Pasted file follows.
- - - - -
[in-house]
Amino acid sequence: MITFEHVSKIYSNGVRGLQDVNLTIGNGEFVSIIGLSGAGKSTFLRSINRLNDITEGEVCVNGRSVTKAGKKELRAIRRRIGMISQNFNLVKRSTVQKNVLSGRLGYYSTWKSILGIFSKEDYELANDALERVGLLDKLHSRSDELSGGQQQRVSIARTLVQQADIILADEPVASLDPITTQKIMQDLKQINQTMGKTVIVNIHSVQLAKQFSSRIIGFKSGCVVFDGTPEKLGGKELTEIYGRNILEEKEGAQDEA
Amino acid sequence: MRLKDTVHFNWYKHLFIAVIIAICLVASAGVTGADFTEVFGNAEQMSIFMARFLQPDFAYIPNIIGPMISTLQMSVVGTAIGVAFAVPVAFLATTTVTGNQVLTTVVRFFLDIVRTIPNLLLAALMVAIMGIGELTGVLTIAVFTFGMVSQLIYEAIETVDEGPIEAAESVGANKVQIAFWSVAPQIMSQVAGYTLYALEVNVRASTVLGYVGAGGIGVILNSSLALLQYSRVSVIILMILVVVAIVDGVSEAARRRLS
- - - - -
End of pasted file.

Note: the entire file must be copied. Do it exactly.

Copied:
[in-house]
Amino acid sequence: MITFEHVSKIYSNGVRGLQDVNLTIGNGEFVSIIGLSGAGKSTFLRSINRLNDITEGEVCVNGRSVTKAGKKELRAIRRRIGMISQNFNLVKRSTVQKNVLSGRLGYYSTWKSILGIFSKEDYELANDALERVGLLDKLHSRSDELSGGQQQRVSIARTLVQQADIILADEPVASLDPITTQKIMQDLKQINQTMGKTVIVNIHSVQLAKQFSSRIIGFKSGCVVFDGTPEKLGGKELTEIYGRNILEEKEGAQDEA
Amino acid sequence: MRLKDTVHFNWYKHLFIAVIIAICLVASAGVTGADFTEVFGNAEQMSIFMARFLQPDFAYIPNIIGPMISTLQMSVVGTAIGVAFAVPVAFLATTTVTGNQVLTTVVRFFLDIVRTIPNLLLAALMVAIMGIGELTGVLTIAVFTFGMVSQLIYEAIETVDEGPIEAAESVGANKVQIAFWSVAPQIMSQVAGYTLYALEVNVRASTVLGYVGAGGIGVILNSSLALLQYSRVSVIILMILVVVAIVDGVSEAARRRLS